By Matthew Thompson, Associate Food Editor for EatingWell Magazine
Ever since I was a kid, I've loved the smell of roasted pumpkin seeds that followed our Halloween pumpkin carving. It was such a fall ritual in my house: after a clear, cool day picking pumpkins at a local farm, we'd spread crinkly newspapers on the kitchen table before cutting open our pumpkins, the rich leafy smell emerging as we scraped out the seeds and pumpkin goop and lit the first candle inside our newly finished jack-o-lanterns. And then, of course, we'd roast the pumpkin seeds.
Now if your family was anything like mine, part of the ritual of roasting pumpkin seeds has always been the distinct possibility that you'll burn them all. This seems to be pretty universal. At least half the time, when someone offers me a bowl of newly roasted seeds, they also offer a warning, "They got a bit burned, but..." It's like those things don't WANT to be roasted!
Must-Read: How to Break Your Bad Cooking Habits
However, let me tell you: roasting pumpkin seeds perfectly doesn't have to be so hard. Here's how to do it:
First off, once you've saved the seeds from your jack-o'-lantern, you've got to find a way to separate them from that aforementioned goop. Here's what I like to do: After pulling as much goop off the seeds as I can by hand, I put all the seeds into a large pot of water. Since the seeds float and the goop doesn't, this makes it much easier to clean off those last persistent strings of pumpkin flesh. When you've got the seeds good and clean, you can lift them out with a slotted spoon. Easy!
Next up, it's time to roast them. EatingWell's Test Kitchen cooks recommend you preheat your oven to 350°F. Spread some parchment paper on a baking sheet, coat the seeds in canola oil and a little bit of salt and then spread them in a single layer on the pan. Be sure to stir the seeds a few times as they bake. It takes about 20 minutes for them to get golden brown, but don't trust your timer!
In fact, EatingWell food stylist Patsy Jamieson taught me a great trick for telling when pumpkin seeds are perfectly cooked: "Most people don't think to use their nose when cooking," she says. "I can always tell when my pumpkin seeds are about done because they smell done."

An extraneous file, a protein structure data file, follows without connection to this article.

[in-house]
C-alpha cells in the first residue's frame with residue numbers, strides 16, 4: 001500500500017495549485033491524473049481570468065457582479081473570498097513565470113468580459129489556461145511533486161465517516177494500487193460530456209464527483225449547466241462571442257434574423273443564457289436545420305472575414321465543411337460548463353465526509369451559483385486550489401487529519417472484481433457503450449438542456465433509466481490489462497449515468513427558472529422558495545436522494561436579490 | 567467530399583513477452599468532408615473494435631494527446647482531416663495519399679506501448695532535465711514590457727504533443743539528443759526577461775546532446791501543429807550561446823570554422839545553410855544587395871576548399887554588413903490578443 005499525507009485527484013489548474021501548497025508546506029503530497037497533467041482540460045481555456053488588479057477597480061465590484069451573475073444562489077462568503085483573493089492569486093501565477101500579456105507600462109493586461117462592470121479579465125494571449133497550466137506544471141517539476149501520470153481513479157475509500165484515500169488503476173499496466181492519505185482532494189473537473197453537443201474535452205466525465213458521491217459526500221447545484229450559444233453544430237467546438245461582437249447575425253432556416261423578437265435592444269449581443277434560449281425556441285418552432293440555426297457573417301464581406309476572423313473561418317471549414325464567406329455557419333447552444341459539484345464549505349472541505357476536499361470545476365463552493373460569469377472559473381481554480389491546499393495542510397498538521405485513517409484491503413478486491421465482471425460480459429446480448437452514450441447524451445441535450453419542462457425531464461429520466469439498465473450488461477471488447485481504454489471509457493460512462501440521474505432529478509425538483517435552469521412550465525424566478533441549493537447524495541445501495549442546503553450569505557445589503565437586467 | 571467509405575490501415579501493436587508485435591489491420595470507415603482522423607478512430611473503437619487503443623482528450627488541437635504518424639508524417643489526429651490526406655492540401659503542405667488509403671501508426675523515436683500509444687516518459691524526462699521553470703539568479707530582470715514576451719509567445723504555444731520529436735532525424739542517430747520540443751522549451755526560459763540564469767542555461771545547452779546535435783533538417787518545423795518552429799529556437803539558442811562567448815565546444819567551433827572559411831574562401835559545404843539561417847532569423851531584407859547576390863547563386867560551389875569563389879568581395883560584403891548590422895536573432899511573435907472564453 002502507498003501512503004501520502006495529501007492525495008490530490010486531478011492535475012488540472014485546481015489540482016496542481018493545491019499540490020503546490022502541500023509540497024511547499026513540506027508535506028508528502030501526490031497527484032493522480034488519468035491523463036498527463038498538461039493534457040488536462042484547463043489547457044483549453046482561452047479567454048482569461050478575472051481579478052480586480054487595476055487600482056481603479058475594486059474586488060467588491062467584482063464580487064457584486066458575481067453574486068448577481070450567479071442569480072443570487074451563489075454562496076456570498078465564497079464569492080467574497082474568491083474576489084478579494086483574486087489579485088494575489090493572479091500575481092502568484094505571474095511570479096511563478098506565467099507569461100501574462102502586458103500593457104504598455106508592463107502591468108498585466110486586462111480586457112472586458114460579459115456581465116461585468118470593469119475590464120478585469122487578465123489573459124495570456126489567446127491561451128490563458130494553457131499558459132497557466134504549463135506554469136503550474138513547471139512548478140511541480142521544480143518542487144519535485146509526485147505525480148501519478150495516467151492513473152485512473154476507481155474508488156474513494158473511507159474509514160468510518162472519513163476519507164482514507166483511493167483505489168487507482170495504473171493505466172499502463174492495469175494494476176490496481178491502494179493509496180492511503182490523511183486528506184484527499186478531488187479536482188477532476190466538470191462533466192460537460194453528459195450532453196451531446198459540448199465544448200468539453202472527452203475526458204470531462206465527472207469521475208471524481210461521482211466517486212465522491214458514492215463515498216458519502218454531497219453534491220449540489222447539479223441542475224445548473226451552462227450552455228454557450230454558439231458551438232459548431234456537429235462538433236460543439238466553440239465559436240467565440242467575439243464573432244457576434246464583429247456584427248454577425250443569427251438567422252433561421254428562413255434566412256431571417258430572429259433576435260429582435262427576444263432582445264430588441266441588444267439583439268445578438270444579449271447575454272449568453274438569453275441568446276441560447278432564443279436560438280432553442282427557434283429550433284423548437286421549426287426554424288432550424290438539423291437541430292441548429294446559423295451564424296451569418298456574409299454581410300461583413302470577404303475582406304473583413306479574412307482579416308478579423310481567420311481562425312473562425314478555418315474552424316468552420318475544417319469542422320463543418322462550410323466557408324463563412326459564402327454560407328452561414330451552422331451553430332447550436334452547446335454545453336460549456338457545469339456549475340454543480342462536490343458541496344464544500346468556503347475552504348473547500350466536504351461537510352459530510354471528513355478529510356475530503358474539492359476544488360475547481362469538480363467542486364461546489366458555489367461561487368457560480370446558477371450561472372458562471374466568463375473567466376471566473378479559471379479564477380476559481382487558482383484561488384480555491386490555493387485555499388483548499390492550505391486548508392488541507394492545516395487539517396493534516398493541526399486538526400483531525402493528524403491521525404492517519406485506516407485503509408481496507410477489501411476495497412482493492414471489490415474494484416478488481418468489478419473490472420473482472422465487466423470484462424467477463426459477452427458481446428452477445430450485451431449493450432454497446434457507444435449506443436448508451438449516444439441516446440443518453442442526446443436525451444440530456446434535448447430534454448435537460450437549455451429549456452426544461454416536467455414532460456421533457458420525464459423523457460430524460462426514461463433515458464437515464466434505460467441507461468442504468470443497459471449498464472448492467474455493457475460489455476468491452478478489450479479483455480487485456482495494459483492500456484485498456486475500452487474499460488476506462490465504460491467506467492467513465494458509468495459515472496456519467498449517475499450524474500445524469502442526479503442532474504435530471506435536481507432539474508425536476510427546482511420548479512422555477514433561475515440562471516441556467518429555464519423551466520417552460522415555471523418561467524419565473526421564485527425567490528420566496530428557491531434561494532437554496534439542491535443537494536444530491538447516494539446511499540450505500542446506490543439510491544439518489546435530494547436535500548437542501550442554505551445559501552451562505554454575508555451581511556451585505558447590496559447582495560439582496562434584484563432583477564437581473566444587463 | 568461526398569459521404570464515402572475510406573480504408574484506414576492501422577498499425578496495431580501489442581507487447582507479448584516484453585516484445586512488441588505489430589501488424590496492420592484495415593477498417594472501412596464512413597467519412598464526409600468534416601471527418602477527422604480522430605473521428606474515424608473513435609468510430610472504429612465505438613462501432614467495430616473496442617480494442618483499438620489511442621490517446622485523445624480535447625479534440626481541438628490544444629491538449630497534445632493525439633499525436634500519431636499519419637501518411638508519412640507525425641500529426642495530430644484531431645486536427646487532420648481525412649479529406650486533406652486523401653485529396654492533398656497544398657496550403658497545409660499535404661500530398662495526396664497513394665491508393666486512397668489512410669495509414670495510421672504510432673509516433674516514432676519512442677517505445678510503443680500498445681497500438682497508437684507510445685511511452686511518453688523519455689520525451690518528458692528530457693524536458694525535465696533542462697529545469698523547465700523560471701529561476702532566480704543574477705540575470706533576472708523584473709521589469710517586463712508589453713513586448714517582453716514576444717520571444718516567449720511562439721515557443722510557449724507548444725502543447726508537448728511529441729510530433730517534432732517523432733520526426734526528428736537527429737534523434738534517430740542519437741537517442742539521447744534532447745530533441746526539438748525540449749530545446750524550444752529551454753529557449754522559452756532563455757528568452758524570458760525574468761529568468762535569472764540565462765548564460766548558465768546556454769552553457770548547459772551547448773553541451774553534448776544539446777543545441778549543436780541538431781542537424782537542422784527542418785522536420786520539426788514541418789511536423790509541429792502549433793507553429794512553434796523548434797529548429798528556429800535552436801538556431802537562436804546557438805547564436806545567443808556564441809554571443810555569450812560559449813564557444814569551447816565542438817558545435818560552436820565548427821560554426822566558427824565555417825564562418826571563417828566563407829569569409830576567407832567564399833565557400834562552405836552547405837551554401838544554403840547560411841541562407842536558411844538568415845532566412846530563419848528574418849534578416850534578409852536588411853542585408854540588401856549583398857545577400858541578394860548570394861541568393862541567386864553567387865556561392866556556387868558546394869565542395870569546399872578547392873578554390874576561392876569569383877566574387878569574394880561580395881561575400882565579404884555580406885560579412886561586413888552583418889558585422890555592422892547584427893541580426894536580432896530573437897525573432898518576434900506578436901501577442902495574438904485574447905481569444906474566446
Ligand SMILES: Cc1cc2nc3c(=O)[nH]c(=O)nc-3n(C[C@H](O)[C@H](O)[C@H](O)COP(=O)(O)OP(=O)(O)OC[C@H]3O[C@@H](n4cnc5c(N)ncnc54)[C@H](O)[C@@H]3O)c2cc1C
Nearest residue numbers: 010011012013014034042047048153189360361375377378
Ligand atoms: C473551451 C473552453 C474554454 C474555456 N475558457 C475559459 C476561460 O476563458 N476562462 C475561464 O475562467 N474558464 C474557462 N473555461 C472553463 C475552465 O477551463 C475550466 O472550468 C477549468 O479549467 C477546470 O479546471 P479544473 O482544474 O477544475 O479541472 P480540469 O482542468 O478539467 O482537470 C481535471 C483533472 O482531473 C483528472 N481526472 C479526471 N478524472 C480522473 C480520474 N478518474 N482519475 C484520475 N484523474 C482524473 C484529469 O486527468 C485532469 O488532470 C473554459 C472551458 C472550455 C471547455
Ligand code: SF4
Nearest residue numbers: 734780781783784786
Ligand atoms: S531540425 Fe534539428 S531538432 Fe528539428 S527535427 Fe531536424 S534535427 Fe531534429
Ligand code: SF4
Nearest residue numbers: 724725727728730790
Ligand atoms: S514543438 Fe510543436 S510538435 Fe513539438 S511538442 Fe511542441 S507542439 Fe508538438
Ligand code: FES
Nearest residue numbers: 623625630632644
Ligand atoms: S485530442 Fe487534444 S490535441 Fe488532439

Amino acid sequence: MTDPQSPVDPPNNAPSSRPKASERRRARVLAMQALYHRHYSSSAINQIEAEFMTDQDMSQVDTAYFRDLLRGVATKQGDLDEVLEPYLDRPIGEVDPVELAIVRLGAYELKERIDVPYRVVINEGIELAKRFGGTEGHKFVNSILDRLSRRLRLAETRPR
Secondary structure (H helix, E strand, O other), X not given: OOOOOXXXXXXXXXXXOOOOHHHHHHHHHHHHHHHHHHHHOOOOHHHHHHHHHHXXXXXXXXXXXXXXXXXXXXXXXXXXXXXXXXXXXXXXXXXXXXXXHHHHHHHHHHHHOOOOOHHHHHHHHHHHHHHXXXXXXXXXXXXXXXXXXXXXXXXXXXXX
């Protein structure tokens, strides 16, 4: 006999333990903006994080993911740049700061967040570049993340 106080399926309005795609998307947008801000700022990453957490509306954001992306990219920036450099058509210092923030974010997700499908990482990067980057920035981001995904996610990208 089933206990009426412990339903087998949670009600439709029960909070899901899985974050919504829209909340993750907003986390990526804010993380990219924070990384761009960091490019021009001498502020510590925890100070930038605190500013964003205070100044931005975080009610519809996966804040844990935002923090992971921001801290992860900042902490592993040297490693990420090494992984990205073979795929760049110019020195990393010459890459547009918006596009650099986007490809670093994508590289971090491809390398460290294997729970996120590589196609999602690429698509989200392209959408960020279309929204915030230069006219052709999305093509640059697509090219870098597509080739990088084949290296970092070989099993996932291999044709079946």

This might seem a bit simplistic, but it really works! When the seeds take on a rich, woody scent, they're ready to come out. If you stick close to your stove and trust your sense of smell, you should be able to cook pumpkin seeds perfectly every time.
One more tip: Often people forget about any seasoning other than salt when they're cooking pumpkin seeds. Don't you do it! For a great variation on the classic recipe, add a teaspoon of fennel seed, 1/4 teaspoon of crushed red pepper and 1/8 teaspoon of pepper along with the oil. Delish!
Must-Try Halloween Party Recipes:
Easy Homemade Popcorn Ball Recipes
Apple Cupcakes with Cinnamon-Marshmallow Frosting & More Healthy Cupcakes
Roasted Pumpkin Seeds
Makes: 1 cup, for 6 servings
Active time: 15 minutes | Total: 35 minutes | To make ahead: Store airtight for up to 3 days.
Be sure to save the pumpkin seeds from your Halloween jack-o'-lantern so you can make this crunchy, healthy snack.
1 cup fresh pumpkin seeds (see Tip)
1 teaspoon canola oil
1/8 teaspoon salt
1. Place rack in center of oven; preheat to 350°F. Line a rimmed baking sheet with parchment paper or a nonstick baking mat.
2. Place pumpkin seeds in a small bowl, drizzle with oil and stir to coat. Add salt, stir to combine and coat. Spread on the prepared baking sheet in an even layer.
3. Bake the seeds, stirring once or twice, until toasted and golden brown, about 20 minutes.
Per serving: 54 calories; 3 g fat (0 g sat, 1 g mono); 0 mg cholesterol; 6 g carbohydrate; 0 g added sugars; 2 g protein; 2 g fiber; 50 mg sodium; 98 mg potassium.
Tip: To harvest seeds from a pumpkin, scoop out the inside of the pumpkin. Separate the seeds from the flesh as well as you can, then place the seeds in a bowl of water. Use your hands to swish the seeds around to loosen any remaining flesh or strings. The seeds will float, so you can remove them with a spoon or your fingers. Drain the seeds on a dry dish towel or a plate lined with paper towels; pat dry with paper towels.
What flavors do you add to your roasted pumpkin seeds?
By Matthew Thompson
Matthew Thompson is the associate food editor for EatingWell Magazine.
More from EatingWell: